NORTH FORT MYERS, Fla. — The first step to rebuilding is getting rid of all of the debris, and yesterday Governor Ron DeSantis (R-Florida) announcedthat for the first time ever FEMA will assist residential areas—but not every neighborhood will qualify.
When walking in a neighborhood located along Pondella Road, you can see the debris piled up, something we continue to see all across the county.
But what residents in that neighborhood said makes their area different is the majority of the people living there are older, making the clean up more stressful.
“The debris has been difficult,” said Julie McCaffrey a resident of Florida for more than 20 years.
A difficulty she had trouble talking about as she looked at the piles and piles still filling her neighborhood.
“I know they are working really hard on different aspects of the disaster, but I guess the debris is the last thing on that list,” said Andres Herreia, a resident of Fort Myers. “I know Fort Myers Beach, I know that area is the priority.”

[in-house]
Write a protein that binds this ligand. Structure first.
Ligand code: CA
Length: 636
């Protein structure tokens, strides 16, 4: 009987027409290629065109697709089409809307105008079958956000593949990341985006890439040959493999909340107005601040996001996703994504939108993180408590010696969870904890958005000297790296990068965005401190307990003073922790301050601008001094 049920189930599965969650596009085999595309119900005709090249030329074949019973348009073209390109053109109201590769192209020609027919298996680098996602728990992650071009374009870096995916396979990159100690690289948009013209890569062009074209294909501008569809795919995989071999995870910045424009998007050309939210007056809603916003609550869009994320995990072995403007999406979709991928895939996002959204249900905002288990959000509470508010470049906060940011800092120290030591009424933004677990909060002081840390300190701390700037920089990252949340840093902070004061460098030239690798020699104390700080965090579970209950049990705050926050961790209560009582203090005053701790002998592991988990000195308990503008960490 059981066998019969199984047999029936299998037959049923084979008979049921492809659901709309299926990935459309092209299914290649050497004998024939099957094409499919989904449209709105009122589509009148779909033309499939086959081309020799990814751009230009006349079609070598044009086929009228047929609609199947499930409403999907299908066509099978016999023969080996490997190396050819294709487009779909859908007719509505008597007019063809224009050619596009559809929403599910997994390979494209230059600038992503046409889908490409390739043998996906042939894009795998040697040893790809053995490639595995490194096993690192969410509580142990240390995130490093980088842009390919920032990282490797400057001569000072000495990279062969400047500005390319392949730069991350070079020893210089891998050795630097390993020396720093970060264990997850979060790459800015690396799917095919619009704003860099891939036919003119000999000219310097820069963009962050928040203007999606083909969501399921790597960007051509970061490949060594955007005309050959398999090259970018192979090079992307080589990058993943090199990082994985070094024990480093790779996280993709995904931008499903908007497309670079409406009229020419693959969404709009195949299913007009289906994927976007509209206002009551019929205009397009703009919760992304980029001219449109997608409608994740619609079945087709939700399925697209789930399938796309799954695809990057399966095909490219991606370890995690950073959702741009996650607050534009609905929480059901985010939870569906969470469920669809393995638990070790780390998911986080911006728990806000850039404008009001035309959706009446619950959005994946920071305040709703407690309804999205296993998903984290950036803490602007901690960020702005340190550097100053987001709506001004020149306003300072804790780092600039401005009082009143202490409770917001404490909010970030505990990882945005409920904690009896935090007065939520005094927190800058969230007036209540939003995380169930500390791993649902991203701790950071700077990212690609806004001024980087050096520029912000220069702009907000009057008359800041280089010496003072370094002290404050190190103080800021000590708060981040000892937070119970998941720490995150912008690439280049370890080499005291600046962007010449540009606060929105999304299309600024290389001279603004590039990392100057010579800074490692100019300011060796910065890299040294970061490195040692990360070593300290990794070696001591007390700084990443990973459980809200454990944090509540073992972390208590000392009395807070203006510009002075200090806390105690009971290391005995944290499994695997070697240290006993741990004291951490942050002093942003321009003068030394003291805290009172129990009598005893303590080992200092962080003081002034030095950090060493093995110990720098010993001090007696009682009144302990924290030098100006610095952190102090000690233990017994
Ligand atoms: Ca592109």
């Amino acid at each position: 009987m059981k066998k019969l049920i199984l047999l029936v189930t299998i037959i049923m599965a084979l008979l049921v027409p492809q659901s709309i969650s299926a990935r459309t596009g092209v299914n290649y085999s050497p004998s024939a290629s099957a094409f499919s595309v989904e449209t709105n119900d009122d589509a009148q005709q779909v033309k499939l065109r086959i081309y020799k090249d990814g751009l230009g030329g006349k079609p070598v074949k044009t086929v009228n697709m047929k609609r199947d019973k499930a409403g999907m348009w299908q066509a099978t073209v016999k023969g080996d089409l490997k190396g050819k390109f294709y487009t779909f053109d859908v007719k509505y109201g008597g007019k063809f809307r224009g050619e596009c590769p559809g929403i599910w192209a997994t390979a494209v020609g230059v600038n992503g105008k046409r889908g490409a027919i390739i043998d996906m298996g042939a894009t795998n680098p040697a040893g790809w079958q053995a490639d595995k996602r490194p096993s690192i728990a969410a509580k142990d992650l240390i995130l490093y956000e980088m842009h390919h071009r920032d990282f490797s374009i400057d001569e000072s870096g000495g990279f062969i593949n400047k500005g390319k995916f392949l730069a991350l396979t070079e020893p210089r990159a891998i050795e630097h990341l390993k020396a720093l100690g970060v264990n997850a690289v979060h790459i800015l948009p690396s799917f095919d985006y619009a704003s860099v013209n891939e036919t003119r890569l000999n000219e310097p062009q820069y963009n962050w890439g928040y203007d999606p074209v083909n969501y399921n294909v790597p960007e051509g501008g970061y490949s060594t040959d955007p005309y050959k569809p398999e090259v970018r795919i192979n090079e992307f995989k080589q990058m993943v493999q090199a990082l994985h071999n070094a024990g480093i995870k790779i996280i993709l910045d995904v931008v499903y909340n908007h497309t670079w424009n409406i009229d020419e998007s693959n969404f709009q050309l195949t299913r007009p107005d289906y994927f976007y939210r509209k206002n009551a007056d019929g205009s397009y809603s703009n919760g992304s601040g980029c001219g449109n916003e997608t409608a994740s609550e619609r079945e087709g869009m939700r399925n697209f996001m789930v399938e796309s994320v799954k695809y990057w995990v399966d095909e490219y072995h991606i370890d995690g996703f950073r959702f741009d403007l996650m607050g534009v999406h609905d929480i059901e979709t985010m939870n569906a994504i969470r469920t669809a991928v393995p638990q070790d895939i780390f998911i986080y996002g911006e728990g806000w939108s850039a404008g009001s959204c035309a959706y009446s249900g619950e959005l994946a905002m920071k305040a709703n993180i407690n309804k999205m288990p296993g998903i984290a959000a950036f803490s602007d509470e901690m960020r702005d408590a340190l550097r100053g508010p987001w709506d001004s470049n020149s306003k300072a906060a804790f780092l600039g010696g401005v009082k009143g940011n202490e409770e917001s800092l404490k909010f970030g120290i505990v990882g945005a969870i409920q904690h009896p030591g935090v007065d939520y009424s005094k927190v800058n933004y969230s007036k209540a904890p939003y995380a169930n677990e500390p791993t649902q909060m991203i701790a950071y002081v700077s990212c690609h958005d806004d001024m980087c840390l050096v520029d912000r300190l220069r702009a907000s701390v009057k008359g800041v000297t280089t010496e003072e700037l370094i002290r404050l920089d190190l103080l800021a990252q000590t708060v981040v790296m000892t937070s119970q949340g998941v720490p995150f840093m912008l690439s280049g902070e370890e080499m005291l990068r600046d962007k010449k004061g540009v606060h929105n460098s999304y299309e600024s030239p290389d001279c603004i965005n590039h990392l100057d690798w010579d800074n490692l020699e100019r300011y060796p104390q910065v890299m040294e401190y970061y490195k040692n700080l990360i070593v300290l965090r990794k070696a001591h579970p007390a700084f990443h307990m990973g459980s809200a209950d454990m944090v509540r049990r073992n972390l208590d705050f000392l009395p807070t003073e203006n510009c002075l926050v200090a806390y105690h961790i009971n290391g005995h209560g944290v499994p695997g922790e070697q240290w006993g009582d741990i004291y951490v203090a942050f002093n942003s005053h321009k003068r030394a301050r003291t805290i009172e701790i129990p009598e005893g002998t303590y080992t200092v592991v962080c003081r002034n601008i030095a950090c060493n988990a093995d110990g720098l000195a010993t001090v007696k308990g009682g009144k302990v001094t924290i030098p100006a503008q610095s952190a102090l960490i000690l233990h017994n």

Wednesday during a press conference on Fort Myers Beach, Governor DeSantis announced for the first time FEMA would assist with home debris removal.
“Please keep in mind, that in more inland communities with fewer impacts the traditional application process will have to be followed," said Tom McCool, FEMA's Federal Coordinator for Lee County's region.
The agency's spokesperson did clarify that this means only homes considered to be in "catastrophic' areas like Fort Myers Beach will qualify. Residents in other areas, FEMA said will have to rely on local city and county workers to pick up their debris.
“I want people to understand what you see around us the commercial debris that is around us that is what we will be able to do on waivers," McCool said.
But who qualifies for those waivers, meaning which people or businesses will FEMA waive normal rules for to help clean up faster? The spokesperson with the agency said they are still waiting on the data to determine who will qualify.
“I really do understand that this has been difficult for the community," said McCaffrey. "I hope to think they are doing the best they can.”
The FEMA spokesperson added that if a resident hasn't applied for the assistance they need to make sure they do, whether they feel they qualify or not.